Saturday, November 26, 2005

Pat Robertson interviews John Ashcroft

My TiVo has just earned itself another Third Path Medal of Freedom. As I write this, it's Saturday, 2005-11-26, but I'm watching the CBN News from a week ago Thursday, 2005-11-17. CBN is the Christian Broadcasting Network, built by and around the Allegedly Reverend Pat Robertson, the batshit-insane lunatic who openly called for the assassination of the President of Venezuela. Mostly, Pat prefers to drink his protein shakes off-camera and let someone else play pretend news anchor, but occasionally he conducts an interview himself. Last Thursday, Marion ("Pat") interviewed former Senator (beaten for re-election by a dead guy) and former Attorney General (anointed himself with olive oil on taking office), fellow batshit-insane lunatic John David Ashcroft. The text of the interview sheds considerable light on both men's psychoses.

John Ashcroft: The Patriot Act has basically taken authorities that already existed in the law, were tested constitutionally, et cetera, in other areas of the law, and brought them over into the fight against terror. For example, the so-called "roving wiretap" [...snip...] We started doing that in 1988 against drug dealers, and it's worked well against drug dealers. I think if it works against drug dealers, we ought to have that authority available against terrorists.

Pat Robertson: That's like a no-brainer. What is all the furor from the people who are opposing it? They certainly couldn't oppose that.

JA: Well, it's sort of furor in theory, because there haven't been any people who have been able to stand up and say, with any convincing authority, that the Patriot Act has been offensive. It fails what I call the "name one" test. People say everybody's being abused by this — well, name one person. It's been in effect now for about 4 years, and I think somewhere, if it's a really dangerous deal, you'd be able to name one. It is important, because we used the Act, because we needed expanded authorities, the same kind of robust authorities we had against drug dealers and organized criminals, we needed that against terrorists.

PR: Well, there was a disconnect, too, between foreign intelligence and domestic intelligence, and agencies didn't talk to each other. Do they talk to each other now?

JA: Yeah, they do. There was a barrier, and it was an official policy, and tragically in August 2001, we later discovered a memo written by one agent that said, "This is going to cost us lives, and the only person that will benefit from this policy of this barrier is Osama bin Laden." That's how prophetic that memo was.

PR: It's interesting — the person who authored the barrier is then sitting on the 9/11 Commission, and you pointed that out in your testimony, as I recall.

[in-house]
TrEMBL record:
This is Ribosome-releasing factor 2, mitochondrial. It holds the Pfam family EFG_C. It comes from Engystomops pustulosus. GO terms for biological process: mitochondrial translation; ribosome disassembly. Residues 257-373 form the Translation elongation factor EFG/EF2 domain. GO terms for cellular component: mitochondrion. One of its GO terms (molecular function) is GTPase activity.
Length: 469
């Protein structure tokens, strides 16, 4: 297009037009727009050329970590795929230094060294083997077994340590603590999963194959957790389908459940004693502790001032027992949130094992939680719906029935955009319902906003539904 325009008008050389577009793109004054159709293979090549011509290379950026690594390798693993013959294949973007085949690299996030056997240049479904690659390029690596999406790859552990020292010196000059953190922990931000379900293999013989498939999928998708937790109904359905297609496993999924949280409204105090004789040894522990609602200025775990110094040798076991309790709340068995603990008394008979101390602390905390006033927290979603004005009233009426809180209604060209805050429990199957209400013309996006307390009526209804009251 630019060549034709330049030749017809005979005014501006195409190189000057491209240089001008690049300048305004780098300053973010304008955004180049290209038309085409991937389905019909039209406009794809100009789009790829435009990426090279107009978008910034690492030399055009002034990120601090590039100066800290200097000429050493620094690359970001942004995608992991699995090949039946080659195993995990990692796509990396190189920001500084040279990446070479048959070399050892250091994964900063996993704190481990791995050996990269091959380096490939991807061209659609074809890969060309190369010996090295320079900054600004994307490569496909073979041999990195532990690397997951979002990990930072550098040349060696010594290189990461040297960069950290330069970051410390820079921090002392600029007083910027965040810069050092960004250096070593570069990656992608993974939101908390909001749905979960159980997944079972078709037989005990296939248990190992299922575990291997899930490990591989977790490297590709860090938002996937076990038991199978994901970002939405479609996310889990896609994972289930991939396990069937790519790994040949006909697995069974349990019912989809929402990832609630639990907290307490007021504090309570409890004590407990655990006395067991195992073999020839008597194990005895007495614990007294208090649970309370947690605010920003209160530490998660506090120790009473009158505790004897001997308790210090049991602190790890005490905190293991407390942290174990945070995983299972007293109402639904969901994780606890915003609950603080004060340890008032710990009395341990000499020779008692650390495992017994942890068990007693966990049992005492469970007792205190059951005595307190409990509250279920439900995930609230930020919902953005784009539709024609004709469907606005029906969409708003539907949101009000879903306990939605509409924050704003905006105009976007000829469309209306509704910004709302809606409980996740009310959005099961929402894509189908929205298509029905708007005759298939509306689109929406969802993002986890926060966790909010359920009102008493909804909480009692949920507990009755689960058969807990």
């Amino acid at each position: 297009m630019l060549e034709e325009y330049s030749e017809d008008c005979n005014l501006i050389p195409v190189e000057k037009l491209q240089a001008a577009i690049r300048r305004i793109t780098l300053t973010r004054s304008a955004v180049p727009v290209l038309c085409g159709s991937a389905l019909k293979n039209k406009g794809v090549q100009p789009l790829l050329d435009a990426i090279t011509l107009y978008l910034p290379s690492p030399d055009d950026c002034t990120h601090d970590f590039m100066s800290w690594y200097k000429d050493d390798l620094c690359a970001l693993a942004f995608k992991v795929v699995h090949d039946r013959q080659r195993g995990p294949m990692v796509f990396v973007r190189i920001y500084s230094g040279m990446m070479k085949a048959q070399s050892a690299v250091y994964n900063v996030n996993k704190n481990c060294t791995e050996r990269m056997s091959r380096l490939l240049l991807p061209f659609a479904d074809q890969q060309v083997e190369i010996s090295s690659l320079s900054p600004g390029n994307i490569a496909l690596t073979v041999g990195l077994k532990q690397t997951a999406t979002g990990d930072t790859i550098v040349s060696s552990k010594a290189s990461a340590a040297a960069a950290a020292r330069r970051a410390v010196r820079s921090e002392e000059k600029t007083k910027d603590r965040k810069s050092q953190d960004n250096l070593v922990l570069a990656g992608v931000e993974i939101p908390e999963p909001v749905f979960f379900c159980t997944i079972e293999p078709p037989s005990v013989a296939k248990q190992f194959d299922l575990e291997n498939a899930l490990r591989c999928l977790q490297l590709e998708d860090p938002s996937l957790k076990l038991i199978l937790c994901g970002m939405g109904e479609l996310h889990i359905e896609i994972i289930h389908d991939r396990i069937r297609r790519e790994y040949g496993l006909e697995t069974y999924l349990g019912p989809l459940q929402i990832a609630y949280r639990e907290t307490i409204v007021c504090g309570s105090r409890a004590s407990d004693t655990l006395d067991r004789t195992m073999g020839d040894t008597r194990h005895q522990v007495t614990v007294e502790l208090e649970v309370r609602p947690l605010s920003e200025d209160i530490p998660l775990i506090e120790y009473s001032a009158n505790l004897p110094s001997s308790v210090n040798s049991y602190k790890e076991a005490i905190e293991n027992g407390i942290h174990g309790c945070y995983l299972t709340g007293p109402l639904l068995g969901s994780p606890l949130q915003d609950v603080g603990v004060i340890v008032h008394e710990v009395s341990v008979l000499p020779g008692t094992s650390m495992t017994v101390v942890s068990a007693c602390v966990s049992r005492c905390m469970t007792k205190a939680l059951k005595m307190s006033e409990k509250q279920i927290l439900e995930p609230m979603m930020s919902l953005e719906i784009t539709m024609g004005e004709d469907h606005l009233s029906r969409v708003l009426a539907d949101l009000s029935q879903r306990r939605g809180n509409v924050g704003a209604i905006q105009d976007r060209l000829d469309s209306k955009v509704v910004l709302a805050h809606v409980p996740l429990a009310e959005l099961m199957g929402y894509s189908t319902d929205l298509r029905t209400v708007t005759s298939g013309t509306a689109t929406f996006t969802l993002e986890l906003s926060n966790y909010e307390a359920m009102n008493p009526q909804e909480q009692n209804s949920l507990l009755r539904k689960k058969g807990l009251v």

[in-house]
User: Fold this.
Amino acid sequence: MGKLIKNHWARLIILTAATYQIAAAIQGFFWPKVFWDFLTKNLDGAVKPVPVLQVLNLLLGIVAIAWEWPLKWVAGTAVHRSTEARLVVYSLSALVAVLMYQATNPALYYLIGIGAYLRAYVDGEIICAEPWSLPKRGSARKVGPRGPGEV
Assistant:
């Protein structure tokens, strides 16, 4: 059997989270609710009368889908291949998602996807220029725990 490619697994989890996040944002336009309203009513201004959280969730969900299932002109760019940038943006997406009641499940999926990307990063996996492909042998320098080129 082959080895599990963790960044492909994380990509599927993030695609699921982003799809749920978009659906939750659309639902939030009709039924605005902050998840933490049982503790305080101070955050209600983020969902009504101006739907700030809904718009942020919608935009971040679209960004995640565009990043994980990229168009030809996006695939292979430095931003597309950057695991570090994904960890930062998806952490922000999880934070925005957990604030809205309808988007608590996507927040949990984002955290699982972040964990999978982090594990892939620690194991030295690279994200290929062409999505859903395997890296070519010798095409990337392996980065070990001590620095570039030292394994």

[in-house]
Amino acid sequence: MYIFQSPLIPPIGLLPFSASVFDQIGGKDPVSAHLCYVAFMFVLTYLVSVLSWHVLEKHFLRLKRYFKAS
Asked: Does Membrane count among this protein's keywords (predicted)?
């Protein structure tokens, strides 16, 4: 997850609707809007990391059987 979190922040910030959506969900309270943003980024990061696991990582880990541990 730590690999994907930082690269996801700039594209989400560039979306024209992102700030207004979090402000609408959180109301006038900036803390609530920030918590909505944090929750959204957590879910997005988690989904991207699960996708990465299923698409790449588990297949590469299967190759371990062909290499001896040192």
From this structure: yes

JA: Well, I tried to do it pretty gently, but I thought the Commission should include an examination of that barrier. Of course, the Patriot Act explicitly took the barrier down. You know, the President, as soon as we had 9/11, he got rid of the barrier in this respect: he brought the FBI director, the Attorney General, the CIA director, into his office every morning. We met every morning in President Bush's office, and he made sure there was communication. When the President looks you in the eye and says, "Have you guys talked about this?" —

PR: You'd better talk!

JA: — you know, it has a way of loosening up the lines of communication.

PR: What about terrorism now? Is al Qaeda planning something? Do you think they can get a foothold and accomplish something here in this country, or have we shut 'em down?

JA: I have no doubt that we are high on their aspiration list. I believe that they would rather hit us than virtually anybody else in the world. They would love to be able to do something, and I think we need to be very careful, and I don't know if we're ever going to be able to confidently say it can't happen here, because as soon as we say it can't happen here, that elevates the risk of it [sic] happening here.

PR: Well, we're a free society. You can't shut down with so much. One last question: is the President doing it right? The media just beats him up unmercilessly [sic], but he seems to be fighting back. What do you think?

JA: Well, you know, I think there are only two times to fight tyranny. One is when the press will say it's too early, and the other is when the press will say it's too late. I think we went to fight Hitler too late, and it cost the world 50 million lives. If you've got to make a decision to either [fight tyranny] too early or too late, mark me down for too early. When we work to defend our interests and we encounter other nations, it's not for purposes of domination. That's not America's footprint. America's way of doing things is we work for liberation. The best thing that ever happens to a country

PR: — is for us to come in!

JA:is us to be involved, and then to help them have the kind of freedom that I think God intended all people to enjoy.